Critical Race Theory (CRT) is an academic framework that was first used in legal studies and then across a variety of academic disciplines to understand the systemic ways policy and institutions reinforce racism (Fortin, 2021). CRT is not a curriculum, however. A recent New York Times Magazine project – the 1619 Project – used some of the theory’s key ideas in its reframing of American history from the lens of the lasting impact of slavery on U.S. development and includes materials that might be used in K-12 schools (Pulitzer Center, 2021). The high-profile 1619 Project, national dialogue around the Black Lives Matter movement, and other civil rights discussions brought what was once a relatively obscure theory taught in graduate seminars into mainstream discussions. It is unlikely that any K-12 school is teaching CRT theory as originally developed, however, some districts may be incorporating ideas about systemic racism into their local curriculum.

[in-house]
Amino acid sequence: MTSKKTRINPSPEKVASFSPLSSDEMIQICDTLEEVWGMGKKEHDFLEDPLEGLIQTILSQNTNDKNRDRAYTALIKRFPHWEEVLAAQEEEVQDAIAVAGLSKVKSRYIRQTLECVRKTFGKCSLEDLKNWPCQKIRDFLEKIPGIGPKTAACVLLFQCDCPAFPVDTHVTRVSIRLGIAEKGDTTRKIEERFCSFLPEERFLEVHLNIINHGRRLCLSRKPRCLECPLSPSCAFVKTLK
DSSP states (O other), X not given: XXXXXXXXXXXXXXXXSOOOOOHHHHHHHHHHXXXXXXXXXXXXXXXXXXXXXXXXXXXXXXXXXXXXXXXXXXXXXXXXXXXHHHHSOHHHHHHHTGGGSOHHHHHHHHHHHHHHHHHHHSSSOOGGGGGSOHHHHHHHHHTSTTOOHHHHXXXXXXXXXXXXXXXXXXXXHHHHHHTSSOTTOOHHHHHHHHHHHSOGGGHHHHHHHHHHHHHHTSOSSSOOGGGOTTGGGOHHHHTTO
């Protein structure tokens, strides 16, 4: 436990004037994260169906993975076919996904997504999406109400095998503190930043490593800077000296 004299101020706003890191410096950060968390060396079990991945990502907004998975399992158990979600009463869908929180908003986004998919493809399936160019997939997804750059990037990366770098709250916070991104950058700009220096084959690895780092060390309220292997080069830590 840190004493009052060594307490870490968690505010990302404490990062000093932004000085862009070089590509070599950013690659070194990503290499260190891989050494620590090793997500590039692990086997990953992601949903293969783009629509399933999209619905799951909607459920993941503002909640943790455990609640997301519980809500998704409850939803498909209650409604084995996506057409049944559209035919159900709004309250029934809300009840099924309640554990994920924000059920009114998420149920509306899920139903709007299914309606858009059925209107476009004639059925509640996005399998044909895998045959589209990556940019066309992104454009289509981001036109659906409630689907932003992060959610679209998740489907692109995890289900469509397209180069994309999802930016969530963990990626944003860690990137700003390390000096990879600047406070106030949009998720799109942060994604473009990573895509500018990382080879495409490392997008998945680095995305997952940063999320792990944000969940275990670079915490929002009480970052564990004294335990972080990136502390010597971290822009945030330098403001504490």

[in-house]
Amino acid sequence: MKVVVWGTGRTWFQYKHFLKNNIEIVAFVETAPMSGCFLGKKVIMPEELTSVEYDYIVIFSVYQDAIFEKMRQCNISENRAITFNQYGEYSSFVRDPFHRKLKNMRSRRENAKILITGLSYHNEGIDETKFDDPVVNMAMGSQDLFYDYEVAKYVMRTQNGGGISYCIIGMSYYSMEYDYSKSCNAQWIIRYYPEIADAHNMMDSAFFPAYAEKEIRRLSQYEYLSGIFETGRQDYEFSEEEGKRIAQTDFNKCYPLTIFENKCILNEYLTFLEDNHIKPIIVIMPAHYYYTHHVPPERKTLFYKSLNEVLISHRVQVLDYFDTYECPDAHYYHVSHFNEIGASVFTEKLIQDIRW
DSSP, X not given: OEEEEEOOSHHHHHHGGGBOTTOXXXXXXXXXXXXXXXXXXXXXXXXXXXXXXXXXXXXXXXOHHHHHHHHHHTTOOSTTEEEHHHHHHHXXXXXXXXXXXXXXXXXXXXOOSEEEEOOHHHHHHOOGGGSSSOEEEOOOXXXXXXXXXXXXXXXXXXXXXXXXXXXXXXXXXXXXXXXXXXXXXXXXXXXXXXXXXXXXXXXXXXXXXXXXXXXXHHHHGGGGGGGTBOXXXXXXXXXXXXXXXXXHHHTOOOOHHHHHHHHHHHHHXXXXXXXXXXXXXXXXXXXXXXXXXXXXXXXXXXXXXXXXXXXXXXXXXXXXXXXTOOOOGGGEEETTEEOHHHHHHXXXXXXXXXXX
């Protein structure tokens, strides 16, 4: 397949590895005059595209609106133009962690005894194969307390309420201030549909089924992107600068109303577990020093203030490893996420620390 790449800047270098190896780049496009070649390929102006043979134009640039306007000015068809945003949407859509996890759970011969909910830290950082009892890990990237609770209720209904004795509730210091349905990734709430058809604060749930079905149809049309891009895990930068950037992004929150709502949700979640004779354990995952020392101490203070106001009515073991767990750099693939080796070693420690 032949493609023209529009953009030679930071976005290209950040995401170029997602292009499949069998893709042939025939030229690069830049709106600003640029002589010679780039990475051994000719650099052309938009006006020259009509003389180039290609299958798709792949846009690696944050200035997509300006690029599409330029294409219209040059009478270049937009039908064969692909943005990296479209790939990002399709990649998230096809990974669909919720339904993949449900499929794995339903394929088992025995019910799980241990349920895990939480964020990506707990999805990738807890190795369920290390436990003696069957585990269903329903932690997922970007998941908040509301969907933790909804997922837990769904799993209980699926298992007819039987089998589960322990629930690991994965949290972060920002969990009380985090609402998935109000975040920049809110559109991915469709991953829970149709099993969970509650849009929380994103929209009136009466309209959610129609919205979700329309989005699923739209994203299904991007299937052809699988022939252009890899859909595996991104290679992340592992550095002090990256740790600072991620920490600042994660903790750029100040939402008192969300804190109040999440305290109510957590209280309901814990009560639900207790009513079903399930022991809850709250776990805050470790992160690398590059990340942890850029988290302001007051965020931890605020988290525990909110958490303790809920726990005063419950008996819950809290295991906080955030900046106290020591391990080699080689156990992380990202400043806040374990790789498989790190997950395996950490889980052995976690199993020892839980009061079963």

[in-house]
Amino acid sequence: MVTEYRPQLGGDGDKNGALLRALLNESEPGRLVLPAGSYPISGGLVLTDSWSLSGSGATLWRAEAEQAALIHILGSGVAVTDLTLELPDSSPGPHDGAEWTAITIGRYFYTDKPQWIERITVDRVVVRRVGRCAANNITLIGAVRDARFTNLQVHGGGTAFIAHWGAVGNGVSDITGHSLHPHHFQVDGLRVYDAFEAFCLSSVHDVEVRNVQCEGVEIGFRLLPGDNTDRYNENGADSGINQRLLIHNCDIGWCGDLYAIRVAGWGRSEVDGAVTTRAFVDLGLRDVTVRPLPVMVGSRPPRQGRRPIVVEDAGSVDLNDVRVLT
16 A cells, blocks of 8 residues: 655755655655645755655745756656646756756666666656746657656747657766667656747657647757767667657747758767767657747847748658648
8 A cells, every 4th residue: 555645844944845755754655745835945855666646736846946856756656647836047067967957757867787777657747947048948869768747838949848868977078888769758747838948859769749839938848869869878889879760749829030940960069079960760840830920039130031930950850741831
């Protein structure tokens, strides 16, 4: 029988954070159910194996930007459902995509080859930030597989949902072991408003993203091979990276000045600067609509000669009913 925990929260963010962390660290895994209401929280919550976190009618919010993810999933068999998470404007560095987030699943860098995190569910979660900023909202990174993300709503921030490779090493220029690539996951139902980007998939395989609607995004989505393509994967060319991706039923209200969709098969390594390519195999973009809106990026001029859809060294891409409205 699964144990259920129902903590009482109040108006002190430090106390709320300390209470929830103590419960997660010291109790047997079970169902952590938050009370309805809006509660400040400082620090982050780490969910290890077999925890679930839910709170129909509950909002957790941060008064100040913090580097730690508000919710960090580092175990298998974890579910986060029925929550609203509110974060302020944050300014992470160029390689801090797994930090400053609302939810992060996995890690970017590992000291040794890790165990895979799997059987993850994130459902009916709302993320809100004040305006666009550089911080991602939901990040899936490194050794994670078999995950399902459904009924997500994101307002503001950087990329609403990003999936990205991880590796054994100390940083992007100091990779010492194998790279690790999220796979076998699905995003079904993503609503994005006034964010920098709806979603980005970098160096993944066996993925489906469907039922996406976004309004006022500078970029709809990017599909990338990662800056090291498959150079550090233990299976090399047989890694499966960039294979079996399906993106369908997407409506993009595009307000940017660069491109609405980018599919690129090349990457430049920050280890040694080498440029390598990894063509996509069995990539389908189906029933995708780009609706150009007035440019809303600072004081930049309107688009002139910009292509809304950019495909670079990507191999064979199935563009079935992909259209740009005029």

Survey Information

Through the Institute of Public Policy and Social Research (IPPSR) at MSU, our research team posed 10 questions to Michiganders through The State of the State Survey (SOSS). The survey was conducted in September and October 2021 and collected responses from 1500 people interviewed. Of those, 704 identified themselves as a parent of a child under the age of 19. Potential answers to the survey questions were designed as responses along a Likert-scale and also as open-ended. Survey questions asked whether respondents agreed with the proposed ban, if they believed that issues surrounding race and racism should be taught in schools, what they knew about CRT, and where they received information about CRT.